HEAD OVER HEELS, a print edition by Lawrence Weiner, went live on Jen Bekman’s 20×200 art print site this week.
At the time of writing, the release has sold 333 of the 8 x 10 inch prints, 18 of the 20 x 16 prints, 4 of the 30 x 24 and 1 of the $5000 40 x 30 size. I bought one of the 8 x 10 prints, ’cause, you know, it was only $50. The sale statistics are interesting to cite. For such a famous artist, one who recently had a retrospective at the Whitney, Weiner’s prints haven’t sold out yet.
The typeface is classic Weiner, standard for an artist whose major medium is the written word, printed in vinyl and stuck on the wall. The line, “Head Over Heels After Marx & Angels” is evocative and deft and plays on the artist’s own politics, an artist who is described as “kind of a socialist” in the 20×200 newsletter that accompanied the release. There’s a sense of humor there too, the bright red heart and the all-caps semi-ironic sincerity are right on key.
In an earlier post, I wrote that I appreciated large run prints, like this one, that embrace their medium. Weiner’s “Head Over Heels” doesn’t lose power by size or by repetition; it certainly benefits from a kind of omnipresence. I’d love to, as Bekman and Weiner suggest, look up in a bar and see this print hanging over the mirror, its rough and cynical optimism. Jen’s found an artist that perfectly matches her “art for all” idealism. So why does this print still make me a little uneasy?
Maybe because contemporary art can be dangerous; it can quietly change lives. Weiner’s 60s conceptualism packages up so neatly that it’s almost unsettling. The print is a perfect package of everything I like in art, a little pill dosed a grand total of 575 times to 575 takers. Here’s to hoping “Head Over Heels” is an invasion of contemporary art into the most ordinary of every day life.
I like that Bekman is working with very famous artists and I hope it continues. Maybe a posthumous Sol Lewitt, endlessly repeated, or Alber’s Homage to the Square series is next? Pieces like “Head Over Heels,” from canonized artists, are now easily purchasable by anyone with the Internet and a Google account. This, to me, feels revolutionary and the start of something big.
I’m interested in what everyone else thinks though. This is less a strong critical statement and more, hopefully, the start of a debate — what does it mean that a Lawrence Weiner can now be purchased for $50 online?
If there is an object you have ever desired in your life, rest assured that someone in the advertising industry made money convincing you of exactly that.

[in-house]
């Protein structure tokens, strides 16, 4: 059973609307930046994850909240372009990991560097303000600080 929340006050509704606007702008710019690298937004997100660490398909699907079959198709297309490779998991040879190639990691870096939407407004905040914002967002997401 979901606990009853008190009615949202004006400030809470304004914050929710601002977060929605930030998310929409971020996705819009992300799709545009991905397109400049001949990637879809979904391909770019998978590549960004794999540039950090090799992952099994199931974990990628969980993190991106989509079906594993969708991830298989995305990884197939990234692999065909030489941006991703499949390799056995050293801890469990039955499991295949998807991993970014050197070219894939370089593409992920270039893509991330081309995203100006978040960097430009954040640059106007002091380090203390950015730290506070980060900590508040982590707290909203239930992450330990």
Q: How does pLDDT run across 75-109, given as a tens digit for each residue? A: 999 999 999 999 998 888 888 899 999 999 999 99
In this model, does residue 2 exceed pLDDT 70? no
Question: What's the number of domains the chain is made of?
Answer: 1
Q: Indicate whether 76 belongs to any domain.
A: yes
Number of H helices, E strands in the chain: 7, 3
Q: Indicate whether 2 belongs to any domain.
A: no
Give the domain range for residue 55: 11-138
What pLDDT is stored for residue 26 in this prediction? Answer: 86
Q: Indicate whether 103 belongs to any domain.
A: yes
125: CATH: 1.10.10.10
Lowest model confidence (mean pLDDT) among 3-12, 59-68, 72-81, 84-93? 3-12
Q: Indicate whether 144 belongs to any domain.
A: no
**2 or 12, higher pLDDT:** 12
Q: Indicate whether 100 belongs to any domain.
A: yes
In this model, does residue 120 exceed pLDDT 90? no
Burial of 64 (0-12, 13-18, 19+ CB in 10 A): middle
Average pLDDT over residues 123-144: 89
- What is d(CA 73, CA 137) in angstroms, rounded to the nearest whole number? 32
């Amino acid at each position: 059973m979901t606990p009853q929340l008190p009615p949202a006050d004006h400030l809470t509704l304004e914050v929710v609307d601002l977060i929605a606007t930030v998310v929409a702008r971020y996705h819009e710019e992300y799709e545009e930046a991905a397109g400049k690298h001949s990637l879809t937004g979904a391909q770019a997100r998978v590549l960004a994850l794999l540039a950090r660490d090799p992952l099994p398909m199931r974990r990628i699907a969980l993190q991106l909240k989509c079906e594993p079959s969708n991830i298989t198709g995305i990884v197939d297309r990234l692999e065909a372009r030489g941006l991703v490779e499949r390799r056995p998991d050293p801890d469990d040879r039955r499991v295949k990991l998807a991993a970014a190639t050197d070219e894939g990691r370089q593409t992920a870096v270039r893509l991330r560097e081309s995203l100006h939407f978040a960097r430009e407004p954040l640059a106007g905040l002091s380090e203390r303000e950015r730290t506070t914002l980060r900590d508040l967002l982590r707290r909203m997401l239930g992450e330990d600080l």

Eva Hagberg’s new book sheds light on the relationship between critic and publicist Aline Louchheim and architect Eero Saarinen.
The award-winning Canadian artist explores notions of power through the imagery of science fiction in portraits, sculpture, and objects.
Custodians, groundskeepers, and movers at the Rhode Island School of Design are seeking wage improvement, healthcare benefits, and a retirement package.
Ceramic fried eggs, critiques of real estate, and a whole booth dedicated to female-identifying saints caught my eye at Untitled, NADA, and Art Miami.
This affordable, interdisciplinary program with excellent facilities and private studios offers in-person instruction for 2023.
The Manhattan District Attorney’s office recovered 23 looted objects from Shelby White’s home over the last year and a half.
An egregious “anti-woke” billboard erected in Los Angeles attempts to sow division among Latino/a/x communities.
The latest episode of this documentary series on PBS explores the meaning of home through handmade objects, hand built homes, and the artists who create them.
This week, missed signs of previous life on Mars, the appeal of forged art, and why are blue whales singing in lower octaves?
All the Beauty and the Bloodshed forcefully posits multiple parallels between the world Nan Goldin grew up in and the one she fights in today.
Rhode Island School of Design opens registration for its residential summer Pre-College program and year-round online intensive Advanced Program Online.
Your list of must-see, fun, insightful, and very Los Angeles art events this month, including Bob Thompson, Aimee Goguen, Uta Barth, the Transcendental Painting Group, and more.
There is the singular artist and then there is the more exclusive club that has only one member. Harvey belongs to the latter.